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SAMJ: South African Medical Journal

versão On-line ISSN 2078-5135
versão impressa ISSN 0256-9574

SAMJ, S. Afr. med. j. vol.110 no.8 Pretoria Ago. 2020 



Prioritising action on diabetes during COVID-19



Diabetes is emerging as an important determinant of disease severity in patients with COVID-19.[1,2] International reports from China,[3] Italy[4] and the UK[5,6] suggest that diabetes per se, and uncontrolled glycaemia in particular, and other non-communicable diseases (NCDs) are associated with increased mortality in COVID-19.

These findings are of concern in South Africa (SA), where >4 million people live with diabetes, ['7] and type 2 diabetes is recorded as the second leading cause of death after tuberculosis.'81 The diabetes epidemic is fuelled by high rates of overweight and obesity, with almost 70% of women and 40% of men being either overweight or obese.[9] Diabetes goes largely unnoticed until complications emerge, with 60% of cases being unscreened and undiagnosed. Close to 70% of people diagnosed with diabetes are uncontrolled. [10] Without adequate diabetes screening and treatment, complications and premature death will exact a high toll on households and on the health sector. In 2018, type 2 diabetes cases alone (diagnosed and undiagnosed) cost the SA public healthcare system an estimated ZAR21.8 billion.'[11] This amount is more than the additional ZAR20 billion budget projected to address COVID-19.[12]

The diabetes burden is also influenced by inequity. Despite free primary healthcare, income status is a determinant of access to diabetes services, with cost of transport and loss of wages emerging as key barriers.[13-16] Analyses of health expenditure patterns among people with diabetes attending both rural and urban public hospitals found that catastrophic expenditure due to diabetes healthcare is highest in the lowest socioeconomic groups.[16,17] Furthermore, self-management strategies, such as dietary diversity, are more accessible to patients in higher socioeconomic groups.[18]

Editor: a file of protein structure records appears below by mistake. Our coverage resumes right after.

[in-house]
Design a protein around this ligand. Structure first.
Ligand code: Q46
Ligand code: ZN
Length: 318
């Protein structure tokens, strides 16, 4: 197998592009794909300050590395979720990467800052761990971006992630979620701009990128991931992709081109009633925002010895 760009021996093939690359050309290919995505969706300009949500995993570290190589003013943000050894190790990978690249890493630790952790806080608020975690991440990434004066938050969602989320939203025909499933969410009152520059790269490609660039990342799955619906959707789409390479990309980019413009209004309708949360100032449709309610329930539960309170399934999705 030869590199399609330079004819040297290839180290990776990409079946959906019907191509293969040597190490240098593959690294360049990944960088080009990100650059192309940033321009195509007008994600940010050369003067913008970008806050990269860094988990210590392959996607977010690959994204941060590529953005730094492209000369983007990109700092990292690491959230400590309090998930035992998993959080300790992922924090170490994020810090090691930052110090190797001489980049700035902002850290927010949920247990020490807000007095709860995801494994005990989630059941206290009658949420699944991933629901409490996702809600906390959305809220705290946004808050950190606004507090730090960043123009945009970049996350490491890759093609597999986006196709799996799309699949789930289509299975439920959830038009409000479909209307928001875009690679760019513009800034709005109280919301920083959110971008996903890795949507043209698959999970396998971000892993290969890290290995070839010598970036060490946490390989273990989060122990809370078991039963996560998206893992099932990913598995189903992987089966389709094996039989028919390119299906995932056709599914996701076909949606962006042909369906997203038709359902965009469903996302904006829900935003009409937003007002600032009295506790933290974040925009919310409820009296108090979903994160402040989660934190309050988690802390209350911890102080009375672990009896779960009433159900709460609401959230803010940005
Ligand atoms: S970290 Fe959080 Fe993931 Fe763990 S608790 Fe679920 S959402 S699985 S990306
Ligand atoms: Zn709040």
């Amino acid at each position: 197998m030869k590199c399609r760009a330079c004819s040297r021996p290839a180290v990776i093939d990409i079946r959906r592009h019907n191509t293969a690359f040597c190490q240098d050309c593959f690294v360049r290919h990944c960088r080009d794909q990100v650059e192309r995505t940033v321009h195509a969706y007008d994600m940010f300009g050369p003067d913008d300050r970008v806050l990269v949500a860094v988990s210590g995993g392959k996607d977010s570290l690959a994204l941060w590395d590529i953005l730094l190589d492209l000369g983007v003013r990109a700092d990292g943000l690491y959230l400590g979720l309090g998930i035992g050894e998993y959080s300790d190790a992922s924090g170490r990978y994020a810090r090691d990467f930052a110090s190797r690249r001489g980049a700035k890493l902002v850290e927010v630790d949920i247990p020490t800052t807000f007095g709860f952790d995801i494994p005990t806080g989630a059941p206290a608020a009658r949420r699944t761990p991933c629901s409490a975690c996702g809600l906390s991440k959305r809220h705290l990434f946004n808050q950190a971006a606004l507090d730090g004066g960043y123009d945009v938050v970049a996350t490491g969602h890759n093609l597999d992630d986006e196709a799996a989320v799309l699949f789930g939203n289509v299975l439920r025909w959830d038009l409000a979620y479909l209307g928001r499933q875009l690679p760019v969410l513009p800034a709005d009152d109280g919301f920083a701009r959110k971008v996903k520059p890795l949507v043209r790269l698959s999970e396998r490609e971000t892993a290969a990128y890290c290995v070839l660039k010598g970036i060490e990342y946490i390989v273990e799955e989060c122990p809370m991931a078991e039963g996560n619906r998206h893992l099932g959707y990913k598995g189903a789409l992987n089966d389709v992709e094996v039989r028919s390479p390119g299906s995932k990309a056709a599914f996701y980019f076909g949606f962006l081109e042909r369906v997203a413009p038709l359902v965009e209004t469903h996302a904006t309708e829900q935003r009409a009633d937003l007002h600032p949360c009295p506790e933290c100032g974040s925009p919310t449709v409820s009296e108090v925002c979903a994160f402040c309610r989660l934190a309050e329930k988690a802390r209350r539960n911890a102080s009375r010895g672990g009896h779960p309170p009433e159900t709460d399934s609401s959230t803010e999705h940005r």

As emerging evidence shows the close interaction of diabetes and COVID-19, measures adopted to slow the spread of the virus should be reviewed carefully so that opportunities to manage known diabetes cases and to prevent further burden are not wasted.

Responses to COVID-19 could exacerbate excess morbidity and mortality related to obesity and diabetes if not anticipated and mitigated. Firstly, individuals with diabetes are more vulnerable during the pandemic. Their ability to visit health facilities may be limited by travel restrictions and cash constraints due to loss of employment during the lockdown, and the closure or reduction in size of routine clinics. Demand for care may be reduced due to fear of the virus at healthcare facilities. Potential interruptions in access to essential diabetes services and supply chains of essential medicines and supplies can lead to admissions to hospital for complications of both type 1 and type 2 diabetes. But beyond this direct impact, the lockdown is likely to aggravate dietary drivers of diabetes through: (i) food insecurity due to a rise in food prices and limited access to safe and nutritious foods;[19] and (ii) reliance on nutrient-poor, cheap, ultra-processed foods. Both under- and overnutrition play a significant role in the development and management of type 2 diabetes, so disease prevention efforts should maximise impact on all forms of malnutrition. The effect of COVID-19 on the diabetes burden threatens to widen existing socioeconomic divides. Those in lower-income groups face greater threats to their source of income and are disproportionately affected by COVID-19-induced food insecurity. These inequities jeopardise one of the key health objectives of the National Development Plan, which is to improve equity of healthcare access.[20]